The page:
Crawl errors occur when a search engine tries to reach a page on your website but fails. Let’s shed some more light on crawling first. Crawling is the process where a search engine tries to visit every page of your website via a bot. A search engine bot finds a link to your website and starts to find all your public pages. The bot crawls the pages, indexes all the contents for use in Google, and adds all the links on these pages to the pages it still has to crawl. Your main goal as a website owner is to ensure the search engine bot can get to all pages on the site. Failing this process returns what we call crawl errors.
Your goal is to ensure that every link on your website leads to an actual page. That might be via a 301 redirect, but the page at the end of that link should always return a 200 OK server response.
Google divides crawl errors into two groups:
- Site errors. You don’t want these, as they mean your entire site can’t be crawled.
- URL errors. You don’t want these, but since they only relate to one specific URL per error, they are easier to maintain and fix.
Let’s elaborate on that.
Site errors are all the crawl errors that prevent the search engine bot from accessing your website. That can have many reasons, these being the most common:
- DNS Errors. This means a search engine isn’t able to communicate with your server. It might be down, for instance, meaning your website can’t be visited. This is usually a temporary issue. Google will come back to your website later and crawl your site anyway. If you see notices of this in your Google Search Console at crawl errors, that probably means Google has tried a couple of times and still wasn’t able to.
- Server errors. The bot couldn’t access your website if your Search Console showed server errors. The request might have timed out. The search engine (f.i.) tried to visit your site, but it took so long to load that the server served an error message. Server errors also occur when there are flaws in your code that prevent a page from loading. It can also mean that your site has so many visitors that the server just couldn’t handle all the requests. Many of these errors are returned as 5xx status codes, like the 500 and 503 status codes.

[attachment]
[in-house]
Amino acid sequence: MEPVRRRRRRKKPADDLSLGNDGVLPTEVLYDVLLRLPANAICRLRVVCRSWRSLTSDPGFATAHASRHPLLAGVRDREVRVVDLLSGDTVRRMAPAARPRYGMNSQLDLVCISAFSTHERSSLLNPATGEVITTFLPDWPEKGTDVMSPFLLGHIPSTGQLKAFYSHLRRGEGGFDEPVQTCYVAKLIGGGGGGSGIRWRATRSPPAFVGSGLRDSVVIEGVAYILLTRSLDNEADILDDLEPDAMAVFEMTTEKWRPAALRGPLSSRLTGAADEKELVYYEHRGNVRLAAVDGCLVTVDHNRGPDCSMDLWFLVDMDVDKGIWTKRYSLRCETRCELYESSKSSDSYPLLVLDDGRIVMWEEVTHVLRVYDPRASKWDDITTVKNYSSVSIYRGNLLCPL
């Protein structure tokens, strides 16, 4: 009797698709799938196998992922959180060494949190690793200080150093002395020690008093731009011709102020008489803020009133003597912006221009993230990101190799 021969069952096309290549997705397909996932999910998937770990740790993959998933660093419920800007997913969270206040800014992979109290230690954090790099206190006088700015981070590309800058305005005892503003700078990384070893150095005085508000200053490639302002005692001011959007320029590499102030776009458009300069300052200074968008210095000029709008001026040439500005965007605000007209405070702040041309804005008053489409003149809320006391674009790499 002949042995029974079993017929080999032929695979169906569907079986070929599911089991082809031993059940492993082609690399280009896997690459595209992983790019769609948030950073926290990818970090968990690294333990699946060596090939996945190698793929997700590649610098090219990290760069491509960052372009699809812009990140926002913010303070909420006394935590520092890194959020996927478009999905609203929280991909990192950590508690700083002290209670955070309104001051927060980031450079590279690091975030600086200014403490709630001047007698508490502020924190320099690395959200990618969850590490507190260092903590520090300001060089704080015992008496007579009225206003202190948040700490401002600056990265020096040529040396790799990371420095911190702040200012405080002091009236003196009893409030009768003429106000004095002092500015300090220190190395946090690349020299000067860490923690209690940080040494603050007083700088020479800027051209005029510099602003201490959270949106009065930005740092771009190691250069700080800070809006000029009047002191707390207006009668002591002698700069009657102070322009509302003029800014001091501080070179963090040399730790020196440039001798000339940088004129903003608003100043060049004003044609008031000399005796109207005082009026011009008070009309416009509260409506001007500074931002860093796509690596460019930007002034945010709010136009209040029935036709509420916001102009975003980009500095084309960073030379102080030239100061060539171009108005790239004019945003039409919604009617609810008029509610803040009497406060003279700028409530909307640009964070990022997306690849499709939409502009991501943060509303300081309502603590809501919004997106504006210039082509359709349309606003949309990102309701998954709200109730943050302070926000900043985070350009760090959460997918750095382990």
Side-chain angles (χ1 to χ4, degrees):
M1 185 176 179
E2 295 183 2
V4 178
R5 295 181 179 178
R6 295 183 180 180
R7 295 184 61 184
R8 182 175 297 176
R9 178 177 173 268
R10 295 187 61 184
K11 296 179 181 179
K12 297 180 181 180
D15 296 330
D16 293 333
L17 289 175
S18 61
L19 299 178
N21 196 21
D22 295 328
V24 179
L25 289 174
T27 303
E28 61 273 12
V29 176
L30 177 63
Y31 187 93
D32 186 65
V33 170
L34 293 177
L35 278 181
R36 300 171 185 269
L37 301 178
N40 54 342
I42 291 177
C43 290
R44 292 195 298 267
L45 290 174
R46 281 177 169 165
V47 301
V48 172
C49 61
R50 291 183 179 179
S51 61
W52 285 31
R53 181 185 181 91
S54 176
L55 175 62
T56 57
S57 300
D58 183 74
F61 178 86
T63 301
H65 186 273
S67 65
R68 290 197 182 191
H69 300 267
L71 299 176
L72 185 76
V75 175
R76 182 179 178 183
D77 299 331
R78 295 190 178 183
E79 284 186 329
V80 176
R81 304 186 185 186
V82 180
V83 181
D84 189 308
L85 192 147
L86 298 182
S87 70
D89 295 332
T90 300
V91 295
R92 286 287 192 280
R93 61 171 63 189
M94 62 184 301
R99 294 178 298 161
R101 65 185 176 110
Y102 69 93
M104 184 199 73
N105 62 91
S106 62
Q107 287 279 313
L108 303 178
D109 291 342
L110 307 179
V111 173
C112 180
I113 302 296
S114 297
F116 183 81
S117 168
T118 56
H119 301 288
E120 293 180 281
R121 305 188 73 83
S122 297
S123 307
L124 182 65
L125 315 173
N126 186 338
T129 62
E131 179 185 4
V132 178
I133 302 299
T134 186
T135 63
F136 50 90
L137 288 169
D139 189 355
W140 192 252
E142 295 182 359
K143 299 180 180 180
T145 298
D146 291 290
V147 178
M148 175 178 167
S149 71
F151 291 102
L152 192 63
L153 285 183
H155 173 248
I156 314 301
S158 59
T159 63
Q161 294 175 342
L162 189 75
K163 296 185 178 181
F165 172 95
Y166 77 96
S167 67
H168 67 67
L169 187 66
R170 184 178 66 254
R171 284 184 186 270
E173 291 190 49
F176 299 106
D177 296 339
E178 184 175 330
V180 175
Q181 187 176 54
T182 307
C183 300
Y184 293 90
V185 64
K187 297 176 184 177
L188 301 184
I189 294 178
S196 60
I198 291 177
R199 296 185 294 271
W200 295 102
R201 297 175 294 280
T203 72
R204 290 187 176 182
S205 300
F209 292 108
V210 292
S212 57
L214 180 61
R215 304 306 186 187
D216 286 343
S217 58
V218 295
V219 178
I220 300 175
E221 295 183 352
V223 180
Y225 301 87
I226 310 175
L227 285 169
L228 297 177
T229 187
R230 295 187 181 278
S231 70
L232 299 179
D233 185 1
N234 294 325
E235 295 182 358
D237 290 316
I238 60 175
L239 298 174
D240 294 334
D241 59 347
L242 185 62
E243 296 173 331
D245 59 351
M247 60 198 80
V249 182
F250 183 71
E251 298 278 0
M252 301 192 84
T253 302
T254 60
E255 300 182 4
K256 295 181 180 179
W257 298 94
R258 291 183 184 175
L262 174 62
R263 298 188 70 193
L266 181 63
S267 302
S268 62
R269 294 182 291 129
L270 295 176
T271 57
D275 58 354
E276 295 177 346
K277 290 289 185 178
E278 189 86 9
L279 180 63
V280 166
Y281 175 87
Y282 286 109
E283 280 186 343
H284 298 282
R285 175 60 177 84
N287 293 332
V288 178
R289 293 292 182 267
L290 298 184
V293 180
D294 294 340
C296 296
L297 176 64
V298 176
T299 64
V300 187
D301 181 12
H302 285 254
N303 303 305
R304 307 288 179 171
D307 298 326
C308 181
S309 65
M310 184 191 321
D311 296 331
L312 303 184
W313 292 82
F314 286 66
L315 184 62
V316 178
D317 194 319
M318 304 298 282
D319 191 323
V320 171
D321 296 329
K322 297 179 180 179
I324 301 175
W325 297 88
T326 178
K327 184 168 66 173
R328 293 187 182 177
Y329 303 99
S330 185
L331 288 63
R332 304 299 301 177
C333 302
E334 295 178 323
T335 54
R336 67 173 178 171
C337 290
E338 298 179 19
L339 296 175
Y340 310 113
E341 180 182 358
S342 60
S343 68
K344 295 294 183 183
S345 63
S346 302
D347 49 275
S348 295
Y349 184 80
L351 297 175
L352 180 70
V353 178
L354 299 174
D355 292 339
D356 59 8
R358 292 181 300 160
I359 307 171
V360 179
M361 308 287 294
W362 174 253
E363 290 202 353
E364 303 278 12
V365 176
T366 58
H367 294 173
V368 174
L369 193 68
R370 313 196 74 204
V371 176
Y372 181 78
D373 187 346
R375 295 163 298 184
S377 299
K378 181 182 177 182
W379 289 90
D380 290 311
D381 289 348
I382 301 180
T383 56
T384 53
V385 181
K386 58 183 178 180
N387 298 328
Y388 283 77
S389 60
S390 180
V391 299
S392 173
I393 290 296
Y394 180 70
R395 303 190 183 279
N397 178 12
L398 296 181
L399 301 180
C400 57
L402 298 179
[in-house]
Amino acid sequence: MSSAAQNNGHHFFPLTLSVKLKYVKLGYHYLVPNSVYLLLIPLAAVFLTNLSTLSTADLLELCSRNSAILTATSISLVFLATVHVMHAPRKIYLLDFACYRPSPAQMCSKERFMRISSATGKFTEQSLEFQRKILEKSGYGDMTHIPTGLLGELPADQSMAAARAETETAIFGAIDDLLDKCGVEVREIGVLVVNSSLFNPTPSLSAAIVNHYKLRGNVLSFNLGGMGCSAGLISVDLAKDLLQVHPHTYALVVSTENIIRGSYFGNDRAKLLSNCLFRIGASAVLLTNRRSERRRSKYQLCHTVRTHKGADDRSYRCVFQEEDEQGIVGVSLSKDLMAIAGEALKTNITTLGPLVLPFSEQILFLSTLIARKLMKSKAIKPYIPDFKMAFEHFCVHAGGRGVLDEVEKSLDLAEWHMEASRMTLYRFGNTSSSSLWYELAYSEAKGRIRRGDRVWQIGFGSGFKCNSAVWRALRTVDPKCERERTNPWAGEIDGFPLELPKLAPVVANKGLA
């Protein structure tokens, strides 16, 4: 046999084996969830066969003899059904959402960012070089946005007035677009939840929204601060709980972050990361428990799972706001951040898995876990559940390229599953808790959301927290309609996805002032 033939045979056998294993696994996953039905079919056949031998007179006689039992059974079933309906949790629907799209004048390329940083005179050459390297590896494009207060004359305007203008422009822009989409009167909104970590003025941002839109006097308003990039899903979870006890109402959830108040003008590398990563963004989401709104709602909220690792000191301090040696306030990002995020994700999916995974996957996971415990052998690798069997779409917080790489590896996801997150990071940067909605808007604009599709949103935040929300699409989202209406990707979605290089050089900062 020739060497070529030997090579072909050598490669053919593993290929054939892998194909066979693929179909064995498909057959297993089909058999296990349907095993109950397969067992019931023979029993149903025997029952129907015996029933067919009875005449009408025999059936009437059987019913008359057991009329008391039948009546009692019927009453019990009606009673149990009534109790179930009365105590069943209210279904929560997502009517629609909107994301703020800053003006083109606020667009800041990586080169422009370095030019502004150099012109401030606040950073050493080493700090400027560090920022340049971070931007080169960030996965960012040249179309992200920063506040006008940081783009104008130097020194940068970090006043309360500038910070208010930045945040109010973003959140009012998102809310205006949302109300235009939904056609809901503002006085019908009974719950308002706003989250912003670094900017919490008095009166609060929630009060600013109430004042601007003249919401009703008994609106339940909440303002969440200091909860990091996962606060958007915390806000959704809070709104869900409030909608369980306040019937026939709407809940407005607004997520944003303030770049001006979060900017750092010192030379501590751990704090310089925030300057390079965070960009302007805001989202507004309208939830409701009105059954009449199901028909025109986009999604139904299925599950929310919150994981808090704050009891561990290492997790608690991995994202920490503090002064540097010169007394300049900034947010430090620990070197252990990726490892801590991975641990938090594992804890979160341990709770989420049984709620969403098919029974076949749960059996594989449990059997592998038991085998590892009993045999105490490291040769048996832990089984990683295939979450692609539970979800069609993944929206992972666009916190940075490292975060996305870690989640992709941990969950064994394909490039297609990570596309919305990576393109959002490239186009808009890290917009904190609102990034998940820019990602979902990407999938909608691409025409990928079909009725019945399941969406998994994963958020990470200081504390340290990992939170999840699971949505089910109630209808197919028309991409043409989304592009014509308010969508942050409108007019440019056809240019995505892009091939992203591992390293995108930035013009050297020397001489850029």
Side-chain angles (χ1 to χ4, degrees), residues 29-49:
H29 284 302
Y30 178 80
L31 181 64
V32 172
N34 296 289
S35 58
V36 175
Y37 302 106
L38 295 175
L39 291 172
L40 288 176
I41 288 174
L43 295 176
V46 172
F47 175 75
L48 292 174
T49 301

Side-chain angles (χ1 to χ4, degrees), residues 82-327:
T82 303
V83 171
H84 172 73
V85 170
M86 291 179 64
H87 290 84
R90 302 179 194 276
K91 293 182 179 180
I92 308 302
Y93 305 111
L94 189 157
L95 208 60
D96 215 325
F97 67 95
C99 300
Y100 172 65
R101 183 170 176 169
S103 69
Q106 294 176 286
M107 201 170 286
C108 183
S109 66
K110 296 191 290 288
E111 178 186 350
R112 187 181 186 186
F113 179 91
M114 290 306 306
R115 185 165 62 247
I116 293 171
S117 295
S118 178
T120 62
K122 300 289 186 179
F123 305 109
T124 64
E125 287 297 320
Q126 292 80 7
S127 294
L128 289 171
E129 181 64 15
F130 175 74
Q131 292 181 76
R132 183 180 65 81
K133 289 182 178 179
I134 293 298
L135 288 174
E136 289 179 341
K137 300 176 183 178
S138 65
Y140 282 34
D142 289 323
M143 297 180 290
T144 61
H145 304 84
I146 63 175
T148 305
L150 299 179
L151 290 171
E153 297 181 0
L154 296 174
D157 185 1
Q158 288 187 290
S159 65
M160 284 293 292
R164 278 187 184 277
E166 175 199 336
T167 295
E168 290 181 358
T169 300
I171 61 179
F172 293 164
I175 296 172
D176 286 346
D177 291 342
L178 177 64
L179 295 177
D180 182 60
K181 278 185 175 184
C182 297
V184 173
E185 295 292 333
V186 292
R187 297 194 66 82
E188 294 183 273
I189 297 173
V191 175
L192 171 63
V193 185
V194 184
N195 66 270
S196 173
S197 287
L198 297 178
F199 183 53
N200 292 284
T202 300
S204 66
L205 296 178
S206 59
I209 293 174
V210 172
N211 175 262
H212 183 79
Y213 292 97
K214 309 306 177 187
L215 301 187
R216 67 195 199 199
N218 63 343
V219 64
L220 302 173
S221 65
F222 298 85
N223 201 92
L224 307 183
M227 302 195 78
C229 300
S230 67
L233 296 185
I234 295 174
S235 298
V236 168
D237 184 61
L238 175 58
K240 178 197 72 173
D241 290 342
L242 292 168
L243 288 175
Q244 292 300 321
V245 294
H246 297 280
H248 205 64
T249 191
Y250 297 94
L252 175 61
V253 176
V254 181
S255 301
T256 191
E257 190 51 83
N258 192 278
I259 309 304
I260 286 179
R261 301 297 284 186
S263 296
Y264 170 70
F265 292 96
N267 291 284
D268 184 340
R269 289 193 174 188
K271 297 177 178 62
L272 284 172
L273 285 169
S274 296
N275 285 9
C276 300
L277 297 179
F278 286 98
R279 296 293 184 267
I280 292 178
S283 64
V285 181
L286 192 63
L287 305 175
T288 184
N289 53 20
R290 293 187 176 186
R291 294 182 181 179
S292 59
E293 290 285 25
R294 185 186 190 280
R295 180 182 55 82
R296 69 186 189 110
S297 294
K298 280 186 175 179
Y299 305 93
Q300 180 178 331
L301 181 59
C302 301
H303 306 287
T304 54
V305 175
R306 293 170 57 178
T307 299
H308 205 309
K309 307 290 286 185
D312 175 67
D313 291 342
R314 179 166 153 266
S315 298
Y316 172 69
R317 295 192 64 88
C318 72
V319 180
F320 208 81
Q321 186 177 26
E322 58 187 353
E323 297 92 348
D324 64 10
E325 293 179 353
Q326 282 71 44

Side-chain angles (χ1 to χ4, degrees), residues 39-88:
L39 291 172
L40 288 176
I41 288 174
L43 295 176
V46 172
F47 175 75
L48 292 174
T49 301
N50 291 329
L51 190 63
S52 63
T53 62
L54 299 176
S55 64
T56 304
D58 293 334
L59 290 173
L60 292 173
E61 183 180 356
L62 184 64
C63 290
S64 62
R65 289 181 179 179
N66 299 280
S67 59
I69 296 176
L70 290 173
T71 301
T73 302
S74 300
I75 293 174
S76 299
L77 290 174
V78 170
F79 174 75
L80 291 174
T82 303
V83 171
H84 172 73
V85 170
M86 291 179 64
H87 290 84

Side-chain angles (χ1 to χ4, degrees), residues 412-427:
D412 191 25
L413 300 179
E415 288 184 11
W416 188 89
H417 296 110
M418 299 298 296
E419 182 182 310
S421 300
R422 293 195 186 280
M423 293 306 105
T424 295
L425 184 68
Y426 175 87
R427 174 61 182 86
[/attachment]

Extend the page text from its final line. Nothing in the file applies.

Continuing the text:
- Robots failure. Before crawling, (f.i.) Googlebot tries to crawl your robots.txt file as well, just to see if there are any areas on your website you’d rather not have indexed. If that bot can’t reach the robots.txt file, Google will postpone the crawl until it can reach the robots.txt file. So always make sure it’s available.
That explains a tad bit about crawl errors related to your entire site. Now let’s see what crawl errors might occur for specific pages.
As mentioned, URL errors refer to crawl errors that occur when a search engine bot tries to crawl a specific page of your website. When we discuss URL errors, we tend to discuss crawl errors like (soft) 404 Not Found errors first. You should frequently check for these errors (use Google Search Console or Bing webmaster tools) and fix them. If the page/subject of that page is gone, never to return to your website, serve a 410 page. If you have similar content on another page, please use a 301 redirect instead. Make sure your sitemap and internal links are up to date as well.